The total value of trades executed using the loan in Case A is $1,011,000. If the broker recalls the loan, this amount would be used to pay off the loan. Since the loan amount is $1,000,000, there would be a surplus of $11,000. Therefore, no additional cash would be required in Case A.
Case B: Following the same calculations, the value of trades executed using the loan in Case B is: MSFT: $300,000 * ($150.00 – $151.38) = $414,000 GS: $200,000 * ($220.00 – $221.35) = $270,000 LC: $500,000 * ($13.60 – $13.81) = $105,000
The total value of trades executed using the loan in Case B is $789,000. In this case, the proceeds from unwinding the trades would not be sufficient to cover the loan amount of $1,000,000. Therefore, an additional cash injection of $1,000,000 – ($789,000) = $1,789,000 would be required to avoid bankruptcy.
Estimating Cash Required for 99% of Cases
To estimate the amount of cash required to manage the cash shortfall in 99% of cases, historical stock prices can be utilized. The methodology involves calculating the maximum potential loss (MPL) for each stock and summing them.
Assumptions
Historical stock prices are representative of future price movements.
The historical data used is reliable and accurate.
The loan recall occurs at the end of the trading day.
No additional trades or changes in positions occur during the trading day.
Using historical stock prices, we can calculate the MPL for each stock
MSFT: $300,000 * (Max Price – $151.38) GS: $200,000 * (Max Price – $221.35) LC: $500,000 * (Max Price – $13.81)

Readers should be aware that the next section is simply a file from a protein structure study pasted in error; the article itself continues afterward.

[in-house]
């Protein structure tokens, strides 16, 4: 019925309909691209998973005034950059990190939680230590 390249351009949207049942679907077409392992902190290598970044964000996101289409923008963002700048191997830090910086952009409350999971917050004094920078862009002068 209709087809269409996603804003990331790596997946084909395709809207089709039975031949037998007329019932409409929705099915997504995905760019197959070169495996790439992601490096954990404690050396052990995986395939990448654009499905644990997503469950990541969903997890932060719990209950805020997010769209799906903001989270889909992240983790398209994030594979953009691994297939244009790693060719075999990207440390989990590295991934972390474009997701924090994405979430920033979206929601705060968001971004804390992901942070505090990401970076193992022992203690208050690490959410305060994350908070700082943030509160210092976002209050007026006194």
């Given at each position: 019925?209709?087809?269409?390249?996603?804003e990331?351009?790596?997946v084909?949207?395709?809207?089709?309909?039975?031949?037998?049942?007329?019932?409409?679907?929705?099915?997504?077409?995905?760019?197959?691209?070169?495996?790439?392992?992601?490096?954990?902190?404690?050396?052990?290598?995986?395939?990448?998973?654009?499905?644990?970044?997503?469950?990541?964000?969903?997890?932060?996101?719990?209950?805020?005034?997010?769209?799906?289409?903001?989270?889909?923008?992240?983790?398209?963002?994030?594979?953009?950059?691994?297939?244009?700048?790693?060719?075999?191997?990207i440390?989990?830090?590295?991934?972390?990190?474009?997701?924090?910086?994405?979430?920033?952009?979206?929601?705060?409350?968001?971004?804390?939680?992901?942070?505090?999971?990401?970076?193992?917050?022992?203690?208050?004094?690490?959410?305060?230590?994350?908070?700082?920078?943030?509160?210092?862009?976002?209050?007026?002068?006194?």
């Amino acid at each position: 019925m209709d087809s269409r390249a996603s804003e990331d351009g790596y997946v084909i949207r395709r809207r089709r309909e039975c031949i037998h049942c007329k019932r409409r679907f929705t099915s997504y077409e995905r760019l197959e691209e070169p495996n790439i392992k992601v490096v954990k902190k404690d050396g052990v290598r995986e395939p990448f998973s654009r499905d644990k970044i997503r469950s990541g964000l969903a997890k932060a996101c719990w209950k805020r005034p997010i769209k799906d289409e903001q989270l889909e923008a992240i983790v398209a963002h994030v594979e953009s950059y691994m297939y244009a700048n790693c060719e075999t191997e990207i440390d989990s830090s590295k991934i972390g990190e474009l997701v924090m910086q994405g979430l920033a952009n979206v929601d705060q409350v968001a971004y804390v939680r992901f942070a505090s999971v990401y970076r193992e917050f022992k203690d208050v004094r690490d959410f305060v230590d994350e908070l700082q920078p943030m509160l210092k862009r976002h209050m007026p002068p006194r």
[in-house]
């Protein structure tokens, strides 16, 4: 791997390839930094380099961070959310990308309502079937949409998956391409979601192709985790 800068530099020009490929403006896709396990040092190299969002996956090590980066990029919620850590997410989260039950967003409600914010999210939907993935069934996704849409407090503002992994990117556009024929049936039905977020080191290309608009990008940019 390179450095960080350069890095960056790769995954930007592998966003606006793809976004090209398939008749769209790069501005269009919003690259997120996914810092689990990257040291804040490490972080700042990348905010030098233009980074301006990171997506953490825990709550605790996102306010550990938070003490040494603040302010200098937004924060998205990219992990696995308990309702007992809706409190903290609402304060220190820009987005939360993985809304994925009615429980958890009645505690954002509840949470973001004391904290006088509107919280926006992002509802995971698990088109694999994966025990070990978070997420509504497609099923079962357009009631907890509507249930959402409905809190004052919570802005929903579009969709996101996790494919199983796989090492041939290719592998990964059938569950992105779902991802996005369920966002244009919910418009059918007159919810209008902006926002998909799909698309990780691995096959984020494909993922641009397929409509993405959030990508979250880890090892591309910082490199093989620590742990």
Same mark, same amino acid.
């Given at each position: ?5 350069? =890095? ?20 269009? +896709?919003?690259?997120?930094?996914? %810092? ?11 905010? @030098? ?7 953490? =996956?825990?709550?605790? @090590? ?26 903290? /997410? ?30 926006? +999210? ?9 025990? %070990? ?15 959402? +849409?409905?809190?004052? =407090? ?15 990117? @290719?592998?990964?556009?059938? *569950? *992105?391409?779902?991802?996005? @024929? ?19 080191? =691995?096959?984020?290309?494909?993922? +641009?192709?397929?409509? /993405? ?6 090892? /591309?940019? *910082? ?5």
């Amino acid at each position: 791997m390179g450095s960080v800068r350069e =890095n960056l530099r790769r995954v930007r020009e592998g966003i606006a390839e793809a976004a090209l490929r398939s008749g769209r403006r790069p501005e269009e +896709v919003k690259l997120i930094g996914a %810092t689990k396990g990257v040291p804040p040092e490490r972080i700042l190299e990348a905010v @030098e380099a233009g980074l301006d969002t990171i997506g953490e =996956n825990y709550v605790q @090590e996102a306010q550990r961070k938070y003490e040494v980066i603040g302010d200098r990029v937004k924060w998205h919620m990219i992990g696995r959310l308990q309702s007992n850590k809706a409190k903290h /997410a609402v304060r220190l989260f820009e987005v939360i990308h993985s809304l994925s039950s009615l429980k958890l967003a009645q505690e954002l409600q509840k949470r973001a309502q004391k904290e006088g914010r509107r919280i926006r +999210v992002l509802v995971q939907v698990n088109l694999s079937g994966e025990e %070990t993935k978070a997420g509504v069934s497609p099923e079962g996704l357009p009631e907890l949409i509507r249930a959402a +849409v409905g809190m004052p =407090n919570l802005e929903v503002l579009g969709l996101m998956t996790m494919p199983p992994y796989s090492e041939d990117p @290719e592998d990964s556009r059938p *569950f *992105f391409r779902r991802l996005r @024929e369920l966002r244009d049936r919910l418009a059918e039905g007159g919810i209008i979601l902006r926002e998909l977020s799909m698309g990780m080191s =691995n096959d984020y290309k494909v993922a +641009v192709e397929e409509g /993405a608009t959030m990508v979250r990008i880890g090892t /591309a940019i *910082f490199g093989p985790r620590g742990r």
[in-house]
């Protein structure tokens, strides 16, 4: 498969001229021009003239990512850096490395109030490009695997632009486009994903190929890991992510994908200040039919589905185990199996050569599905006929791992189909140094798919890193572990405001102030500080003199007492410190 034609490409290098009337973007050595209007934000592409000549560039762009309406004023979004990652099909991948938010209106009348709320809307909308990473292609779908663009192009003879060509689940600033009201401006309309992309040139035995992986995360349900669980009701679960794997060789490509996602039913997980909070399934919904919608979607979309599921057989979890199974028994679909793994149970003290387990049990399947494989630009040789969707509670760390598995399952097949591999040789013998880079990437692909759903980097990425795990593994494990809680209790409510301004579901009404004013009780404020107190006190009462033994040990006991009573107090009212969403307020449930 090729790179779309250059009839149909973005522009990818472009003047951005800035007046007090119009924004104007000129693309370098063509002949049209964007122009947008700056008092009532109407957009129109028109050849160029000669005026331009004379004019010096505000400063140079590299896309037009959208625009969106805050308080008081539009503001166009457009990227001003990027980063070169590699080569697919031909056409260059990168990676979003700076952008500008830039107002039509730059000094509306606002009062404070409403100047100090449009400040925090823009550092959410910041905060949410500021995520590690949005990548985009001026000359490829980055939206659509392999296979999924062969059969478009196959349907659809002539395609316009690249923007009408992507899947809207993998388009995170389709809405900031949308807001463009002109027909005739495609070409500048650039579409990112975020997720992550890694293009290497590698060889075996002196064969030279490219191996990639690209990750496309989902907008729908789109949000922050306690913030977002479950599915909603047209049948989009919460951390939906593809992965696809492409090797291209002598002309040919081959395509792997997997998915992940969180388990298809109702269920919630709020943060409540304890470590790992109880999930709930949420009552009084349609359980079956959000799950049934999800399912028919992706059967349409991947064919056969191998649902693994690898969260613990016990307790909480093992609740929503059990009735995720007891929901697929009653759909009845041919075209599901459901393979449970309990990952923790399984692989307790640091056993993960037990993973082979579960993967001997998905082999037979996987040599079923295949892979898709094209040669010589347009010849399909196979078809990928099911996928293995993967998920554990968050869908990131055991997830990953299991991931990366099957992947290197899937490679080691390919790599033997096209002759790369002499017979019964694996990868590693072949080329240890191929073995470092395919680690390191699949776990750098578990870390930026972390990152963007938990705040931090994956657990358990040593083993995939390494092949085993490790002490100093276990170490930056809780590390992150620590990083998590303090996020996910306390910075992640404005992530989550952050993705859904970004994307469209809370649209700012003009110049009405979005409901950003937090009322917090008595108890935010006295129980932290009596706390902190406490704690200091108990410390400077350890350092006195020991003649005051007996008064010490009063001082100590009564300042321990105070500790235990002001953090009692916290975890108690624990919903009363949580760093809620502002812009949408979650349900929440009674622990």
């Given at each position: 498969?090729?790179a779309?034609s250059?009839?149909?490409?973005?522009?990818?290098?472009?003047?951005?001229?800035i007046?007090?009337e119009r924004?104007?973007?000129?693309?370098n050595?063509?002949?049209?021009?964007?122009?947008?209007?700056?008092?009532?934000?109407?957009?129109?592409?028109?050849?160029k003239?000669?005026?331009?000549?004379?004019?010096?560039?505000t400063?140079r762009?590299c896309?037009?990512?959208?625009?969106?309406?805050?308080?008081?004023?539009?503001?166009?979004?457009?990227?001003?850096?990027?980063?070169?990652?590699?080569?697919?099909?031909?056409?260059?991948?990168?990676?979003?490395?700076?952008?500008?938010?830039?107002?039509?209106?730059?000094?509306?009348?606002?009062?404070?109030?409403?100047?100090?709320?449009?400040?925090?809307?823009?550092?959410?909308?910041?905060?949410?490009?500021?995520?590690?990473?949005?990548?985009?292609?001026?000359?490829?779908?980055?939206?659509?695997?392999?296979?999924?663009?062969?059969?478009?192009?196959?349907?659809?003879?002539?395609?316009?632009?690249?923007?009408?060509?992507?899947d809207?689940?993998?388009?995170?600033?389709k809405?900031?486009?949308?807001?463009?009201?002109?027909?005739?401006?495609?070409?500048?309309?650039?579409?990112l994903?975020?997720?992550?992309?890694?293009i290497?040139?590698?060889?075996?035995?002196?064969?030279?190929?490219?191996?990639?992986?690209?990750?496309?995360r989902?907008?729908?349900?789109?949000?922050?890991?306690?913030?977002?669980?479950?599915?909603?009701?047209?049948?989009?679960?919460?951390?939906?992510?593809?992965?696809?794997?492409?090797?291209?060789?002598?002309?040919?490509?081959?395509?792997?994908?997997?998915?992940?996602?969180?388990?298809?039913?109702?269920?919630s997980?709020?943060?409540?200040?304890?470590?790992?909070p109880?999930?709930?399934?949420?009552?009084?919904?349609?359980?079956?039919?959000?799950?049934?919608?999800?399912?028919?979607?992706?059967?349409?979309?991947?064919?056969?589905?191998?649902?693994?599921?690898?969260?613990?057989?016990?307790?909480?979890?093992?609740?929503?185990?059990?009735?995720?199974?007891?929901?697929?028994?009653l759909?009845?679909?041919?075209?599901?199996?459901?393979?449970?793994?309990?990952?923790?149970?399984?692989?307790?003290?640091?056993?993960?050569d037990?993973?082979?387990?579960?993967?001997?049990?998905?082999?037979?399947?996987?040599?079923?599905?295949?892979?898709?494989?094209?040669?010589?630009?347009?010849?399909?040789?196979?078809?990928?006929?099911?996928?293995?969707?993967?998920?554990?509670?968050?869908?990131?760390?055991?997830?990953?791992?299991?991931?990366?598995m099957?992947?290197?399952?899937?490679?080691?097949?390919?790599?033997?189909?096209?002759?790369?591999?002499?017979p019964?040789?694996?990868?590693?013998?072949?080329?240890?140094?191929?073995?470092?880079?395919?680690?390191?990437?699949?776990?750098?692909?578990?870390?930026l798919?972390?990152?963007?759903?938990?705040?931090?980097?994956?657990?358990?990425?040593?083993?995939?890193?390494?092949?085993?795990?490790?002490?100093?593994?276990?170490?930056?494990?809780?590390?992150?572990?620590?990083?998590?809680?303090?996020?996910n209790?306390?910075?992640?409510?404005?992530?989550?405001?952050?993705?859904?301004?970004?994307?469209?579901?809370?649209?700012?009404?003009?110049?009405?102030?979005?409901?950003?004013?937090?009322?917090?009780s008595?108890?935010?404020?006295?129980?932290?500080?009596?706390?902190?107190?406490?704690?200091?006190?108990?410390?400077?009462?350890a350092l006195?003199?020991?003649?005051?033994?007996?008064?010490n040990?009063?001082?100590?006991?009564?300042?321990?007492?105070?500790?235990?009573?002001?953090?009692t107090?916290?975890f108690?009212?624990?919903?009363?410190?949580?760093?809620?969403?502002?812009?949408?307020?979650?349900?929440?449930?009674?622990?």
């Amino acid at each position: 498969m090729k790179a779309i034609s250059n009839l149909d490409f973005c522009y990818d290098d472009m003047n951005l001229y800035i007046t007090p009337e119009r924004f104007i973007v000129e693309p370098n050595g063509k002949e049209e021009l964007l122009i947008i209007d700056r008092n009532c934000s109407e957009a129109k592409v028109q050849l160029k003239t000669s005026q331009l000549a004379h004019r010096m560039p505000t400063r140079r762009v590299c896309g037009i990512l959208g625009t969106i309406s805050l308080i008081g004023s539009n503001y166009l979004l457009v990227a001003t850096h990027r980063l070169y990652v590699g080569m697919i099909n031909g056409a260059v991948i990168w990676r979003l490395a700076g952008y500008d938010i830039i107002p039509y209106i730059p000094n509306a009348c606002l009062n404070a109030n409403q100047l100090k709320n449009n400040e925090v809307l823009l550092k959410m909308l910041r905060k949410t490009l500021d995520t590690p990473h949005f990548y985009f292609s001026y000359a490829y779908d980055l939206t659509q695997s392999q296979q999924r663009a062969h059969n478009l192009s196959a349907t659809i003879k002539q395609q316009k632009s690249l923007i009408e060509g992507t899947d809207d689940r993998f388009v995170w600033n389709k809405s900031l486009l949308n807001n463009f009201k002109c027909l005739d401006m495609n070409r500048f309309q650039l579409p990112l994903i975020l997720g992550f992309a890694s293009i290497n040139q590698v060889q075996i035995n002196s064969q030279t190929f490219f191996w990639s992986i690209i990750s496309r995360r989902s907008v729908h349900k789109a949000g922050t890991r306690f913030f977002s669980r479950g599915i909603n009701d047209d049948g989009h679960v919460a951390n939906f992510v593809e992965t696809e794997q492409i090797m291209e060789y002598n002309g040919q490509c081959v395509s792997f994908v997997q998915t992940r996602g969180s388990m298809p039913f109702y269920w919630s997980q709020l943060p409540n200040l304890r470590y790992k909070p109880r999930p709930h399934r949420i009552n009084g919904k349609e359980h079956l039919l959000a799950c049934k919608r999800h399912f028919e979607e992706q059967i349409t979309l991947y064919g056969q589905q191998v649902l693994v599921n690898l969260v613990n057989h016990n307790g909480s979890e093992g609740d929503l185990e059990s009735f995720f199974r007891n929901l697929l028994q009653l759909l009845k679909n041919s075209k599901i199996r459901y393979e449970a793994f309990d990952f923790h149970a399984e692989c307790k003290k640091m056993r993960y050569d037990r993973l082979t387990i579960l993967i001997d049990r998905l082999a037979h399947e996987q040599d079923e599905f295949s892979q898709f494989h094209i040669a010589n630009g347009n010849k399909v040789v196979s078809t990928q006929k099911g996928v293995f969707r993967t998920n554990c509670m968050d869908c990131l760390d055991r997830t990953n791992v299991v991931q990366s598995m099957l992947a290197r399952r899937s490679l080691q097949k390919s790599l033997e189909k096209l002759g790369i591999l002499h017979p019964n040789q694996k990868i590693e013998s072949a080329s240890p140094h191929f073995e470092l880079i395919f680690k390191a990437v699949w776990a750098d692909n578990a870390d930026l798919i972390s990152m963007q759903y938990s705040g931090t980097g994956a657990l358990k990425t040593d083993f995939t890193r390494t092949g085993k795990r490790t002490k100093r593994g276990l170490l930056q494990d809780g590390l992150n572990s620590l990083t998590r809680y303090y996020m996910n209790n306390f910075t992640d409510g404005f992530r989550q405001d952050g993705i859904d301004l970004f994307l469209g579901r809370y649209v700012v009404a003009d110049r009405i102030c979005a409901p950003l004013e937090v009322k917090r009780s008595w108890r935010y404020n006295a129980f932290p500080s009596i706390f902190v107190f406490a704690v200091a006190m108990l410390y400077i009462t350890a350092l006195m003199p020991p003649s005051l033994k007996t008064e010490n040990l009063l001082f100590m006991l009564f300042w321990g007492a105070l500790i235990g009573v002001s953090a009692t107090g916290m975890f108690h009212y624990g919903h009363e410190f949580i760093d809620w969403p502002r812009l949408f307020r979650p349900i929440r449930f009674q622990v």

To manage the cash shortfall in 99% of cases, we need to determine the value of Max Price for each stock. By analyzing the historical data, we can identify the worstcase scenarios where the stock prices experienced the most significant drops. We choose the price corresponding to the 1st percentile of the historical data as Max Price.
For example, if the historical data for MSFT shows that the stock price dropped to $120.00 at the 1st percentile, we would use this value as Max Price. Similarly, we calculate Max Price for GS and LC based on their historical data at the 1st percentile.
Once we have determined the Max Price for each stock, we can calculate the total MPL. This total represents the worstcase scenario for the cash shortfall.
Conclusion
Effective risk management is crucial when trading with leverage. In the given hypothetical cases, we found that no additional cash would be required in Case A, while an additional $1,789,000 would be needed in Case B to avoid bankruptcy (Chen, 2023). To estimate the cash required to manage the cash shortfall in 99% of cases, historical stock prices can be utilized. By selecting the worstcase scenario prices at the 1st percentile, we can calculate the maximum potential loss for each stock and sum them to determine the total cash needed (Watt, 2014). This methodology provides a proactive approach to risk management, enabling traders to maintain sufficient cash reserves to navigate potential loan recalls effectively.
References
Chen, J. (2023). Risk: What It Means in Investing, How to Measure and Manage It. Investopedia. https://www.investopedia.com/terms/r/risk.asp
Segal, T. (2023). Operational Risk Overview, Importance, and Examples. Investopedia. https://www.investopedia.com/terms/o/operational_risk.asp
Watt, A. (2014, August 14). 16. Risk Management Planning. Pressbooks. https://opentextbc.ca/projectmanagement/chapter/chapter16riskmanagementplanningprojectmanagement/